When Tava Indian Kitchen in Palo Alto, Calif. holds its grand re-opening, guests will see a lot less of the Indian character that got the fast-casual chain its start. Tava’s management team has concluded that America is not ready for an authentic Indian fast-casual experience.
As part of a complete menu and brand overhaul, a version of the chain’s famous Burroti will still be there, but it will now be referred to as a wrap.
Tava founders Vijay Brihadesam, Hasnain Zaidi, and Jason Pate—friends who met at Duke University and left careers in finance to start Tava—conceived of the Burroti as a “burrito-style wrap,” with the wrap provided by Indian roti flatbread, and the filling of rice, spicy entree, and fresh vegetables.
The chain’s signature Burroti is in part why Tava has earned its reputation as the Indian Chipotle. Tava allows guests to choose from the Burroti, rice bowl, or salad bowl, and then customize as they go down a line.
With the rebrand, under CEO Jeremy Morgan’s leadership, Tava is moving toward menu items that have broader appeal with Americans. For example, the new restaurant name and logo will exclude the word “Indian.” Based on the company’s new Twitter account, it appears the new name for the restaurant will be Tava Kitchen.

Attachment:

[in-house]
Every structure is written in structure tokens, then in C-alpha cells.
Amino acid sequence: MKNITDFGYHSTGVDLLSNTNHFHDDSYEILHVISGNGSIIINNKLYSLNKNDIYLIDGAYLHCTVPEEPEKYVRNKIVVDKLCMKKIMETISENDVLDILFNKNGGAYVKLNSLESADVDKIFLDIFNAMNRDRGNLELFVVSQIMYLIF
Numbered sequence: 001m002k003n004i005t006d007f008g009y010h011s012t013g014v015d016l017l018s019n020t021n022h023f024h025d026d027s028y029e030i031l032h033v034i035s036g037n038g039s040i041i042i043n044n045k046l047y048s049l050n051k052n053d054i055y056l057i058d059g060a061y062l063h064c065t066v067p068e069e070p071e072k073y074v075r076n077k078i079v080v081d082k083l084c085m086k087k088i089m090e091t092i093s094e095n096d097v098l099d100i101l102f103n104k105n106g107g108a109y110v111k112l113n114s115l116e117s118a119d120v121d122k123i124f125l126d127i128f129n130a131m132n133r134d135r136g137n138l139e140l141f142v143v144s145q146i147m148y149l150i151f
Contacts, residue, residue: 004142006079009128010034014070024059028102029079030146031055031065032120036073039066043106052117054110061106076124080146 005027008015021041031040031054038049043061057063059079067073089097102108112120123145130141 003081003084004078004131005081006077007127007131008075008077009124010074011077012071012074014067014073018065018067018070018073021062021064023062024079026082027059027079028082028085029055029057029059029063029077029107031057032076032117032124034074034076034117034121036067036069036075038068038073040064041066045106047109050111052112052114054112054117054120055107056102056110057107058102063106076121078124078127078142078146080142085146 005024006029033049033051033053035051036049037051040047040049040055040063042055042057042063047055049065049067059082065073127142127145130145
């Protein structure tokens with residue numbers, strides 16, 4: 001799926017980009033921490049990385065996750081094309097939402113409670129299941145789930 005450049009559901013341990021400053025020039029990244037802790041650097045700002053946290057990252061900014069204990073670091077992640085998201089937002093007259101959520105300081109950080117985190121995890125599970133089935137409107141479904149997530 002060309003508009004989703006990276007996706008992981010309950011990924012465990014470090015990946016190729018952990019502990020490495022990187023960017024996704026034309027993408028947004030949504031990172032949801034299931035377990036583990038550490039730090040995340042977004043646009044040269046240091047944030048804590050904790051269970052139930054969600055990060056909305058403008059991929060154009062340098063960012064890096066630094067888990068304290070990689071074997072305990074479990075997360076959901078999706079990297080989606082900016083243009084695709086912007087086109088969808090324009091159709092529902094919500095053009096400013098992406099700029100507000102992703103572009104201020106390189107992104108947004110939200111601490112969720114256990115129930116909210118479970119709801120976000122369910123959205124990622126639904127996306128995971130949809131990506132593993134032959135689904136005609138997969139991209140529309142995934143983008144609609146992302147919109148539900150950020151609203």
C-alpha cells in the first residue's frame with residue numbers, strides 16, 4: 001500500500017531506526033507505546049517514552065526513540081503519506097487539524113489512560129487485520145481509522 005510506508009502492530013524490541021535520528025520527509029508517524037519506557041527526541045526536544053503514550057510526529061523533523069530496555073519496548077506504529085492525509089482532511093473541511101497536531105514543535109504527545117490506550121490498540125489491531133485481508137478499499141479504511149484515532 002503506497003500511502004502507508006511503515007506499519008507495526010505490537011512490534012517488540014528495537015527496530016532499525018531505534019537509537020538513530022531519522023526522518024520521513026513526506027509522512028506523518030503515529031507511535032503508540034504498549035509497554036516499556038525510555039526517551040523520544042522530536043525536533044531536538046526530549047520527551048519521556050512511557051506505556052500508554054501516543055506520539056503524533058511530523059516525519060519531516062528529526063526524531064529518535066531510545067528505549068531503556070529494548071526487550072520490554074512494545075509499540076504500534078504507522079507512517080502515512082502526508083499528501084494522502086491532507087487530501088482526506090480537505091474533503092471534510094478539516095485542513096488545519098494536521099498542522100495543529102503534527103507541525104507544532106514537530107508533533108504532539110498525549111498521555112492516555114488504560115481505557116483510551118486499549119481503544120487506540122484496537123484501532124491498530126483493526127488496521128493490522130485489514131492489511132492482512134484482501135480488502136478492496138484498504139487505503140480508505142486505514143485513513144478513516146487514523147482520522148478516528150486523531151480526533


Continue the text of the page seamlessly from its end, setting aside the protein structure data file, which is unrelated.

Morgan is the former SVP for Smashburger, one of the country’s top fast-casual restaurant chains, which built out hundreds of new locations under his tenure. He became Tava’s CEO in July 2014, after a stint supporting the company as a board advisor.
Morgan says the company’s new menu approach is “trying to be a little less religious about the ethnicity of the foods we have.”
That doesn’t mean Tava is eschewing its Indian roots. “Our food is still very much Indian, and we are proud of that,” said Morgan in an email after this article was first published. “We LOVE (his emphasis) Indian food, and our proud to do it in a unique, interesting way.”
The new menu favors hearty, meaty entrees like Braised Beef, Lamb Meatballs, and Pineapple Glazed Salmon, served with rice, and a choice of sides. Sides include Glazed Sweet Potatoes with Himalayan pink salt, Mac & Cheese with south asian crumb, and Crunchy Kale & Quinoa with masala vinaigrette.
At first glance, the new menu comes across as having little to do with Indian food, and that is on purpose. Aside from a Signature Chicken Tikka option, the Indian ingredients that are listed on the menu are de-emphasized. For example, the “Indian spice dusting” that comes on the Baked Marble Potatoes is written in a finer font.